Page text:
Johnson resisted Amazon's pressure and complained to Publishers Weekly about what he saw as the retailer's capo-like tactics. What happened next evidently still rankles. "I was at the Book Expo in New York and two guys from Amazon came to see me. They said that the company was watching what we were doing and that they strongly advised us to get in line. I was shocked at how blatant the pressure was." Within a couple of days Johnson noticed that the buy buttons for his books had been taken off Amazon's site, making Melville's titles unavailable.
In the end Johnson, faced with an offer it was nigh impossible to refuse, agreed to the co-op. His books' buy buttons were reinstated. Today Amazon is Melville House's biggest customer, and though Johnson still regularly flays the company on his popular publishing blog Moby Lives, he also concedes that it is highly effective at bookselling: "They make buying so easy. It's impossible to resist."
Another man who recently lost his Amazon buy buttons is John Sargent, head of Macmillan, the US arm of German book giant Holtzbrinck, home to many authors familiar to Nation readers, including Naomi Klein, Noam Chomsky and Barbara Ehrenreich. In January Sargent confronted Amazon over its insistence on setting the prices of e-books it sold on its site, generally at under $10. This was a concern throughout an industry worried that low prices of electronic versions would undermine profits from printed books and generally lower the perceived value of the product. Sargent informed Amazon that he wanted to move Macmillan to an "agency agreement," meaning that he, as the publisher, could price books at whatever level he chose, paying Amazon a fixed discount.
Amazon reacted with characteristic distemper: bye-bye Macmillan's buy buttons. A face-off ensued. Amazon was vehement that its stand was on behalf of customers looking for bargains. A gallery of cynics openly suspected it had more to do with securing the future of its proprietary e-book reader, the Kindle, in the face of Apple's imminent launch of the competing iPad.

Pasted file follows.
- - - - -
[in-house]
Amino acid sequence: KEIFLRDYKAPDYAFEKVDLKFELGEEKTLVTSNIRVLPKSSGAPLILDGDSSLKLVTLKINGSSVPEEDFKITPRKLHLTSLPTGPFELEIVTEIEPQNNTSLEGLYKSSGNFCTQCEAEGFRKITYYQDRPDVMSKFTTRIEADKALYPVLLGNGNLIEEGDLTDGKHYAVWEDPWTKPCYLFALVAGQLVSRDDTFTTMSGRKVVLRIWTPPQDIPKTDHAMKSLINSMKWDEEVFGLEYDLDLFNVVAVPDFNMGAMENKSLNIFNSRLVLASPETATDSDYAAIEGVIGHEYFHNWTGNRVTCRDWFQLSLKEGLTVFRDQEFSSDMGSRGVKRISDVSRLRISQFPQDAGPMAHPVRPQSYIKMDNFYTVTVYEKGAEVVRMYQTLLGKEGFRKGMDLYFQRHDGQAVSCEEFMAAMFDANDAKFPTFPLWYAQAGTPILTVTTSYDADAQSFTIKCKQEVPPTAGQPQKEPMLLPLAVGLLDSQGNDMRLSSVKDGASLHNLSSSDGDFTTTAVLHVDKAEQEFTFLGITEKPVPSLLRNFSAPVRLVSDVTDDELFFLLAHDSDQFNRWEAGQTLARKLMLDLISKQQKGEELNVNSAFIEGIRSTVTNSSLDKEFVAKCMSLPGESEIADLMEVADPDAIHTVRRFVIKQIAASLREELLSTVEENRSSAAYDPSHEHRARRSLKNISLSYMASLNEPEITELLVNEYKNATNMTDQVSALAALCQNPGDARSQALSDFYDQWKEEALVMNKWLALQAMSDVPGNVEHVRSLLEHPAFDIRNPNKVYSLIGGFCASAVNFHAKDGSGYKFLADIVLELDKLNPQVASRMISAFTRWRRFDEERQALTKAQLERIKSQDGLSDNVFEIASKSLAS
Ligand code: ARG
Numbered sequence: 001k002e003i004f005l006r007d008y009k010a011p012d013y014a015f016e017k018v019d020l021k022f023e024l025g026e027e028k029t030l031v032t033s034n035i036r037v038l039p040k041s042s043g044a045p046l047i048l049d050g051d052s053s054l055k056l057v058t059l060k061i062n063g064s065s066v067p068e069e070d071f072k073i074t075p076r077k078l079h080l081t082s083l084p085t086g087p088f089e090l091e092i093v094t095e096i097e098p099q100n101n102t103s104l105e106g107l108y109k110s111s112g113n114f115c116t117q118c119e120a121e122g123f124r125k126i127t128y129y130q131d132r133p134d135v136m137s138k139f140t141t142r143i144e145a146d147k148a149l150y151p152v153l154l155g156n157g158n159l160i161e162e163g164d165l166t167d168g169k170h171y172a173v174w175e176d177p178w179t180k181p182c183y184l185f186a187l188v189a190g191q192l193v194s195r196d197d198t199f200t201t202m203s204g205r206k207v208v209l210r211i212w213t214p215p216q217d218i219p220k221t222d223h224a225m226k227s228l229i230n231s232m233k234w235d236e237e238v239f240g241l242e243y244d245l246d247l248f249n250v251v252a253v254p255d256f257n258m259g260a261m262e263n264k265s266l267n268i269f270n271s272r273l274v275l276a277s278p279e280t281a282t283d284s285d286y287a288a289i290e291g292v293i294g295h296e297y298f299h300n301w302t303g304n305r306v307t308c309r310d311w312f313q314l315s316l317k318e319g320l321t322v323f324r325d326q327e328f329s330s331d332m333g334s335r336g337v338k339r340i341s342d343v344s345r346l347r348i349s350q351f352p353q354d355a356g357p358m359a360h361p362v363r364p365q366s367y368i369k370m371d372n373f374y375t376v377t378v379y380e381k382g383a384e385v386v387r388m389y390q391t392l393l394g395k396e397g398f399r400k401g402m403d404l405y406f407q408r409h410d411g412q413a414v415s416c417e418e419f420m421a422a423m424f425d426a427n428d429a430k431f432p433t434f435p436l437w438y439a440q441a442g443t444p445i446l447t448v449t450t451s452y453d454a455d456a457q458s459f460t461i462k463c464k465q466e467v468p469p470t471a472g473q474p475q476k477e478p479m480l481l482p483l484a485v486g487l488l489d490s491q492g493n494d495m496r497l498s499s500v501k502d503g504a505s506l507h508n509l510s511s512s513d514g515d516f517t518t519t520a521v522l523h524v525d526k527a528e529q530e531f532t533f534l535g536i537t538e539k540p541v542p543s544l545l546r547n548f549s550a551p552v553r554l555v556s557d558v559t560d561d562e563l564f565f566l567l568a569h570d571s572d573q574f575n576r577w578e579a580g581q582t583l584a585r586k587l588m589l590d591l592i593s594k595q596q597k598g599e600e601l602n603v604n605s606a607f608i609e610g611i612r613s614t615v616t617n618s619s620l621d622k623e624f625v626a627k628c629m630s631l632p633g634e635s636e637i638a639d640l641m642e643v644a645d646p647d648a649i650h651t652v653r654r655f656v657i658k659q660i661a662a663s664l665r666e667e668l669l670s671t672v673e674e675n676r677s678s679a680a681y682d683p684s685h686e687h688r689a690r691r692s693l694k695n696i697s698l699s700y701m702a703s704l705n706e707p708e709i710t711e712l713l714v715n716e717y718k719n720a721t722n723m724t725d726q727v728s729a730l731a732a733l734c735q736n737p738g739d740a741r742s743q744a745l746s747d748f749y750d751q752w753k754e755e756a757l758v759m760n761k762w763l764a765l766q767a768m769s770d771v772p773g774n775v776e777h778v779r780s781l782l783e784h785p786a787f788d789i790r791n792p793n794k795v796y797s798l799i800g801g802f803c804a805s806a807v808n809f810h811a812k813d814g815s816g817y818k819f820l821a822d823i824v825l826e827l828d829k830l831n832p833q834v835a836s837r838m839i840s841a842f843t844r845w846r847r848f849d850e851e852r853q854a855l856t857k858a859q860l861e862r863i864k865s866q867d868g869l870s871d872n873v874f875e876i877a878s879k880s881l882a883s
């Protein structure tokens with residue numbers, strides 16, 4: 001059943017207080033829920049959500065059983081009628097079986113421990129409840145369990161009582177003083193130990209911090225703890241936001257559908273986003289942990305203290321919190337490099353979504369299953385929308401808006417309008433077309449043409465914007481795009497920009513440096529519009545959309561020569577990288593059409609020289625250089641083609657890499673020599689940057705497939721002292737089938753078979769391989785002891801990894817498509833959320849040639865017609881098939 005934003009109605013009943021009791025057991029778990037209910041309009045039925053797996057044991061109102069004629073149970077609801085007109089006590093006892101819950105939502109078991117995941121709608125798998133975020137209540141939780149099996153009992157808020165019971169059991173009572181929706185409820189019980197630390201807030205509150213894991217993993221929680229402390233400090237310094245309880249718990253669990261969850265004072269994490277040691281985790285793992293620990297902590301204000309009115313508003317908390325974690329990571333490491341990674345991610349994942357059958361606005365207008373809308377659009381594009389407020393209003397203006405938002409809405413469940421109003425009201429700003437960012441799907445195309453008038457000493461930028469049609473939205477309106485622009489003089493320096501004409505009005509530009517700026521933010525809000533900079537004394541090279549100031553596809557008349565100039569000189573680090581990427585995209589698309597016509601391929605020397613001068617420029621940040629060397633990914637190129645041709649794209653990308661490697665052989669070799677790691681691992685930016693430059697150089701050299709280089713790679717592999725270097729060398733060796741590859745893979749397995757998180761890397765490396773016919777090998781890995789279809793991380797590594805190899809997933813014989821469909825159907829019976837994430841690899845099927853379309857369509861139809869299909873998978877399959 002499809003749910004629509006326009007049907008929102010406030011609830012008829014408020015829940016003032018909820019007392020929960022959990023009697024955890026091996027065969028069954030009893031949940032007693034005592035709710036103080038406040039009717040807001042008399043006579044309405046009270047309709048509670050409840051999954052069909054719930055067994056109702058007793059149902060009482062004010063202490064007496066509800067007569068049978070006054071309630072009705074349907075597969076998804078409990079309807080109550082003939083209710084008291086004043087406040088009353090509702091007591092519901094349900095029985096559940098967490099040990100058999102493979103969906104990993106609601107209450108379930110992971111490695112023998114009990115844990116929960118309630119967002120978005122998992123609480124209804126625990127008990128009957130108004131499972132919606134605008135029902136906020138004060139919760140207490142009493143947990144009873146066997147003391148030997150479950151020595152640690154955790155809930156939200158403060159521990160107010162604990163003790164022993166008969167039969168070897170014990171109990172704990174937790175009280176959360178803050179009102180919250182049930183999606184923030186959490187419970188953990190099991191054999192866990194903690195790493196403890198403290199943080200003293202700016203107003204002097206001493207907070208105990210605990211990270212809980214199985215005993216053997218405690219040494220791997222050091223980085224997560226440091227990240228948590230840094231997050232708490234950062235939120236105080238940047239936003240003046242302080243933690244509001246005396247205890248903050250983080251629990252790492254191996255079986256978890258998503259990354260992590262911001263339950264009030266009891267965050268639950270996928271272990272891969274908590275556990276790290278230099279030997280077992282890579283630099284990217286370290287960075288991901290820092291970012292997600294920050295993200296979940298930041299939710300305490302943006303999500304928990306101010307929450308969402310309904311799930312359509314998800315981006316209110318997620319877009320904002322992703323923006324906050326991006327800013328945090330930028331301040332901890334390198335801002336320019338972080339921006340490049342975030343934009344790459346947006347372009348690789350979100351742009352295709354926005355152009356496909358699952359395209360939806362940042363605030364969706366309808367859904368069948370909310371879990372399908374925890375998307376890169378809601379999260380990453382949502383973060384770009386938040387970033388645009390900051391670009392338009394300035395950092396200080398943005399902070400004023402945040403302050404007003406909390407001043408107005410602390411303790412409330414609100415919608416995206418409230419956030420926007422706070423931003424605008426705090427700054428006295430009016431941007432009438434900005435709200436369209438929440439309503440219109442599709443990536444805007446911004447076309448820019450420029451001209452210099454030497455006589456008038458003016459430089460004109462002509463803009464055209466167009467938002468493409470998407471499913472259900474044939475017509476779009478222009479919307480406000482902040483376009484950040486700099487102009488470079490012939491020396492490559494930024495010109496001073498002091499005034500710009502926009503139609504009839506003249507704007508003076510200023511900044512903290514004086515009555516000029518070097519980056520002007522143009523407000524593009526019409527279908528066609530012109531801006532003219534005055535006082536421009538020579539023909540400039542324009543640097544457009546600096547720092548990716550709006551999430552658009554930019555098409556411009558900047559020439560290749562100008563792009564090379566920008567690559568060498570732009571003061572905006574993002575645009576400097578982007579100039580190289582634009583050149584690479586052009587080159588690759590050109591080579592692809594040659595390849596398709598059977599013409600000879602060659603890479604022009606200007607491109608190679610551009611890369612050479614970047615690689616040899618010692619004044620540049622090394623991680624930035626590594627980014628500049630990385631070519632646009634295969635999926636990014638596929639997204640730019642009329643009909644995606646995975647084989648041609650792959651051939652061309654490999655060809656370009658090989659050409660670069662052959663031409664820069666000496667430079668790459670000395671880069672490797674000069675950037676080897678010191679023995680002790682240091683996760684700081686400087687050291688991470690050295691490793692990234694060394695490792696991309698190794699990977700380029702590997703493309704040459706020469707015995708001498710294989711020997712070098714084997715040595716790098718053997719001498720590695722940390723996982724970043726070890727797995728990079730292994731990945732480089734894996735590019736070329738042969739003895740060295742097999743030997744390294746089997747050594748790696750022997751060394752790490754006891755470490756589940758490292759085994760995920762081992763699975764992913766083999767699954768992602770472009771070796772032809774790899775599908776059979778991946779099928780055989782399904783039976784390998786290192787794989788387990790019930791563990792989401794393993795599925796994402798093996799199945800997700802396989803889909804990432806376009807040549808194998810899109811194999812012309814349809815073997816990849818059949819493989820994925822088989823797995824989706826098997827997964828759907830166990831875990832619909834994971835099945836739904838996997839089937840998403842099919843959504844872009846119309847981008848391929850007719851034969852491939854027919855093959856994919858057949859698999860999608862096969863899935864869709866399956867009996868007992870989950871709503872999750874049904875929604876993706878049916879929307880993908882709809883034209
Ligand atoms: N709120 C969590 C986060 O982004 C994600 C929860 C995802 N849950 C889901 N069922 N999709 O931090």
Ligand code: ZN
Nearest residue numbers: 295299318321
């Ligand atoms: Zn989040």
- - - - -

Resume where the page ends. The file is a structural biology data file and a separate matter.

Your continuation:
Something had to give, and a few days later it did: Amazon gave in with a statement revealing contempt toward the very idea of a publisher. "We will have to capitulate," it said, "because Macmillan has a monopoly over their own titles." The company's hand had been forced by a preceding announcement that Apple had accepted an agency agreement with five of the six largest publishers. Unusual for Amazon, its suppliers had an alternative for selling their books.
It was the first time Amazon had ever given way in public on a big issue with publishers. And it may just have marked the beginning of a power shift between the retailer and its suppliers. Such realignment is long overdue, because the problems caused by Amazon's business practices extend to fundamental matters of the future of the book business and the diversity of our culture as a whole.
Take the issue of choice: when it comes to the books it stocks, Amazon makes no pretense of selectivity. Provided it carries an ISBN and isn't offensive, Amazon is happy to sell any book Joe Schmo cares to publish. "We want to make every book available—the good, the bad and the ugly," Bezos once said. Spurred on by Amazon and the growth of self-publishing companies like XLibris and Lulu, the number of new books being published has soared. According to industry statisticians Bowker, just over 172,000 titles were released in 2005. Last year "traditional" output had risen to 288,000 titles, a significant enough increase by itself. But adding what Bowker describes as "self-published" and "micro-niche" books, the total inflates to a staggering 1 million new titles in just twelve months.
Many would argue that the efflorescence of new publishing that Amazon has encouraged can only be a good thing, that it enriches cultural diversity and expands choice. But that picture is not so clear: a number of studies have shown that when people are offered a narrower range of options, their selections are likely to be more diverse than if they are presented with a number of choices so vast as to be overwhelming. In this situation people often respond by retreating into the security of what they already know.